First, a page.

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International immunopharmacology

The T-cell suppressive effect of bufadienolides: structural requirements for their immunoregulatory activity.


PMID 11367509

Abstract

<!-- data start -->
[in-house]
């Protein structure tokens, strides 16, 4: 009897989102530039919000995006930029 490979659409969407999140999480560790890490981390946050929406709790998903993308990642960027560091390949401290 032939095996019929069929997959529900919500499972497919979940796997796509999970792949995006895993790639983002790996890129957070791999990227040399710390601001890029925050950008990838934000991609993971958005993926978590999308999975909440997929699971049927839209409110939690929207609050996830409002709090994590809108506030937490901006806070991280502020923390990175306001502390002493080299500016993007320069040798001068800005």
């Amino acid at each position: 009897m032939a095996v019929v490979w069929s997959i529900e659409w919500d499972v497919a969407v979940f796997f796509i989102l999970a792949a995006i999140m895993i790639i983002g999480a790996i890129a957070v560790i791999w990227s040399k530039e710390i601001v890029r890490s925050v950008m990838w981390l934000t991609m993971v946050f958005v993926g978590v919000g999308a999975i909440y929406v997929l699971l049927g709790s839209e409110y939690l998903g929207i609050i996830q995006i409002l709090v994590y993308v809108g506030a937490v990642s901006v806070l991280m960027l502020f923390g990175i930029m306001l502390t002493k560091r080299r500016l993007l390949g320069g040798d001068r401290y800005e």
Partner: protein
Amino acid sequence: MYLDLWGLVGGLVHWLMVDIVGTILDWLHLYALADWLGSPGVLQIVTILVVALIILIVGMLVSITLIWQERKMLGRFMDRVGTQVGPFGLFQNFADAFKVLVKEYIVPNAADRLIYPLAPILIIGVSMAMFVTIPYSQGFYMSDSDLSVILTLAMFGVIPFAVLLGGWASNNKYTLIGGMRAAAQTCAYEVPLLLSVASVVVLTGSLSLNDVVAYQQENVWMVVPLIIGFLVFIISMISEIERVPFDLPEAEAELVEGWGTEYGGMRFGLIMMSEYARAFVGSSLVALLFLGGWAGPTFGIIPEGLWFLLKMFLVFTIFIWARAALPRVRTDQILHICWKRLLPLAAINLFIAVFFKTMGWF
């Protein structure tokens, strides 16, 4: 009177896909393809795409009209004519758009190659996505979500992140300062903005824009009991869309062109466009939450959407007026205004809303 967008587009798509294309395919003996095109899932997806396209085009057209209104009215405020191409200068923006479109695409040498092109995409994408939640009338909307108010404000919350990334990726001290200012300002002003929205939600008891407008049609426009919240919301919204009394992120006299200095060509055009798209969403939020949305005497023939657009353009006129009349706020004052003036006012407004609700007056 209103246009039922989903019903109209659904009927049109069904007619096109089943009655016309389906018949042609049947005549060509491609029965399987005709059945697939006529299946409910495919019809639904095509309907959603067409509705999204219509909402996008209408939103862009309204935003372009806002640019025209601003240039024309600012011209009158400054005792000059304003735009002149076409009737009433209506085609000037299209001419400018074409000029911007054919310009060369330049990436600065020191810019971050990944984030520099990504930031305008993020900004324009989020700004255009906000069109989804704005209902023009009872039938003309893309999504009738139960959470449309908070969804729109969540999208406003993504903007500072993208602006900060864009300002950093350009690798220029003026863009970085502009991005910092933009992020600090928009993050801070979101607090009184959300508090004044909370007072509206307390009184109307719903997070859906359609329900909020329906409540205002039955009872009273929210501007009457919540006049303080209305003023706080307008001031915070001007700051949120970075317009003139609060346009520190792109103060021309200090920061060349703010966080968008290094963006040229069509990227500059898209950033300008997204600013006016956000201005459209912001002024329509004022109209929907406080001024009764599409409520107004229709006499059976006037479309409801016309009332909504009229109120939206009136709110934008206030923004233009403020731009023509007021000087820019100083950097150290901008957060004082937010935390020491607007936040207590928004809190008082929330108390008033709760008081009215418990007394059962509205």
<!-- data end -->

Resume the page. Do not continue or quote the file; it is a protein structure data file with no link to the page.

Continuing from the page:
Many studies indicate that substances similar to cardenolides and bufadienolides naturally occur in mammals. The majority of previous studies focused on their cardiovascular, renal, and central nervous action. We analyzed the immunoregulatory property of 52 bufadienolides. Human T-cells were stimulated "in vitro" with mitogens or alloantigens in the presence of bufadienolides. The most active compound totally inhibited T-cell activity at a concentration of 0.75 pmol/10(5) cells. This effect is 16,384 x stronger than that of cortisol and 256 x stronger than that of cyclosporin A or tacrolimus. Preactivated T cells were downregulated and, most importantly, suppressed viable T cells could not be restimulated. Lack of the 17 beta-lactone ring dramatically reduced the activity of bufadienolides. Substitution at C3 also affected their function: components with a 3-OH group were up to 1000 x stronger than those without. The replacement of 14 beta-OH with an epoxy-group slightly decreased the activity. Because there is evidence that the latter change abolishes the cardiac activity, this finding is relevant for therapeutic applications in which immunosuppression without the risk of cardiotoxicity is attempted. One of the substances analyzed in this study was Proscillaridin A. A similar bufadienolide occurs naturally in mammals. We speculate that bufadienolides represent an important bioregulatory link between the cardiovascular, nervous and immune systems.